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Need to be Proactive as Children Might be Most Affected in the Third Wave – Dr Shailesh Dikhale

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IMPRI Team

In continuation with the ongoing discussions on the Rural Realities around the country, the Centre for Habitat, Urban and Regional Studies (CHURS)IMPRI Impact and Policy Research Institute, New Delhi organized a panel discussion on “Rural Realities | Maharashtra Practitioners’ Experiences in Tackling the Second Wave in Indian Villages” on May 13, 2021.

The IMPRI team informed the discussion by locating for the event participants the situation of COVID-19 in India and Maharashtra. The team also provided an insight into the geography and Socio-economic conditions of the state. The rationale was to provide the participants with an overview of the state of Maharashtra.

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Health & Nutrition

Dr Shailesh Dikhale, Health, and Nutrition Karykarta, Support for Advocacy and Training to Health Initiatives (SATHI) CEHAT, Pune, focused on determinants of health. “Aab Chidiya Chugh gayi kheth” is the proper idiom that depicts the current situation. Delay in the testing of COVID-19 is a major issue. Nutrition services is a major issue. Anganwadi centres are closed. Stunting and severely wasted children have increased. We need to be proactive as it is predicted that children will be most affected in the third wave of COVID-19.

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Action Agenda:

  1. System strengthening through “Help Desk”, basically to provide guidance to patients regarding treatment related to COVID as well as other illnesses, immunization and testing and to create education related to various health schemes. Facilitate dialogue within the community.
  2. People’s health and nutrition education in the context of COVID. Development of educational material in local tribal languages. Use of social media to educate rural and tribal communities through Anganwadi, ASHA workers and Poshan Hakka Gat. Education regarding the importance of VCDC, CTC and NRC in the current pandemic situation.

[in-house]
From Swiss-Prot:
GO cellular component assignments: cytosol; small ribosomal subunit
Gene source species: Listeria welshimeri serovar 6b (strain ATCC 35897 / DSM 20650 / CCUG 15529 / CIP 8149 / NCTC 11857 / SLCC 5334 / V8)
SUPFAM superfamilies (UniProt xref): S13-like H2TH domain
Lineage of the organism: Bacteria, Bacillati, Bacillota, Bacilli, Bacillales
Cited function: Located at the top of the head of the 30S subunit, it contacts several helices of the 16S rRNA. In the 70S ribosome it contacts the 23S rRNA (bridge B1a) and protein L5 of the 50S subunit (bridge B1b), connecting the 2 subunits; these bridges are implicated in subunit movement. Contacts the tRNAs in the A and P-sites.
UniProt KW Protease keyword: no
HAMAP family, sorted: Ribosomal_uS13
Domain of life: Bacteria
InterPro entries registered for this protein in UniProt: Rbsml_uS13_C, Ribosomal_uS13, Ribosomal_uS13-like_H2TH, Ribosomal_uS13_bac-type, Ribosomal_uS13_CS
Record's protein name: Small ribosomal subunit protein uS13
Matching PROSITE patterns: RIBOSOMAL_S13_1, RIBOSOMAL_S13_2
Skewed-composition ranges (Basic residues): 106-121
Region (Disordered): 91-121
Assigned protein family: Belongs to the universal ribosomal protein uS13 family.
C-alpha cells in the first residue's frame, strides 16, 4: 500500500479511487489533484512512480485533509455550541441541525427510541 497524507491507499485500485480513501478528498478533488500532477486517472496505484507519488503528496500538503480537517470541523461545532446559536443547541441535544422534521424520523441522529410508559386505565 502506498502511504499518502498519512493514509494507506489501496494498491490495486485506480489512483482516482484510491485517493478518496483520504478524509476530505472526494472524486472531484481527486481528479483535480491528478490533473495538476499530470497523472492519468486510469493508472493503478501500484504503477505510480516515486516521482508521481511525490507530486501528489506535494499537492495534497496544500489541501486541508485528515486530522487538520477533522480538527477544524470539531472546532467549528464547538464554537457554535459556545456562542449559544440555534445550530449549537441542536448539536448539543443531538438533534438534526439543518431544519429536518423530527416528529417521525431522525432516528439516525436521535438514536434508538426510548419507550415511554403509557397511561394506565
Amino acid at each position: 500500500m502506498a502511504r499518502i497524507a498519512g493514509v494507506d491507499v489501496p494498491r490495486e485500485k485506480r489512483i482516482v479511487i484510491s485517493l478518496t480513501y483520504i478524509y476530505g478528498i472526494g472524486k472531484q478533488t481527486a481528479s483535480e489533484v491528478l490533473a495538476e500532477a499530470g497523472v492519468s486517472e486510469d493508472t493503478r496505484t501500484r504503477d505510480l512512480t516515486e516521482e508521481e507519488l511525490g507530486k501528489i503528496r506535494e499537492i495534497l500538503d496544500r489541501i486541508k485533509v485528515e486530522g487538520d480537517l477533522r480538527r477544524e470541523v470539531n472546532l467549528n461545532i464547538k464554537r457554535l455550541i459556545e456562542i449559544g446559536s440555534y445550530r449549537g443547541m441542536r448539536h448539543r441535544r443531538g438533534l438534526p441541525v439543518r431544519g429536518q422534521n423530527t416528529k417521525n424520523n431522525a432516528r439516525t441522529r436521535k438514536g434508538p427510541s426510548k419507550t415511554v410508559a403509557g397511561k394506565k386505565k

3. Strengthening health and nutrition services and practices through community participation. Community feedback is important
  4. Improvement in household nutrition practices and follow up of malnourished children. Follow up of malnourished children is important.

Learnings:

  1. To ensure treatment of non-COVID patients for non-communicable diseases
  2. Need to strengthen the government health and nutrition system and services through community participation
  3. Regulation of private health sector
  4. To strengthen preventive and curative aspects of health and nutrition
  5. Keeping in view the third wave of COVID-19, need to develop “COVID Care Centres” for children at a block level.
  6. Immunization in campaign mode while ensuring counselling for the same
  7. Strengthening social services
  8. Strengthening coordination and convergence b/w various line departments

We need to document experiences during COVID pandemic to use these as a input at policy level.

Dr. Shailesh pointed that public health system should work in coordination with NGOs.

YouTube Video for Rural Realities | Maharashtra Practitioners’ Experiences in Tackling the Second Wave in Indian Villages

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IMPRI, a startup research think tank, is a platform for pro-active, independent, non-partisan and policy-based research. It contributes to debates and deliberations for action-based solutions to a host of strategic issues. IMPRI is committed to democracy, mobilization and community building.

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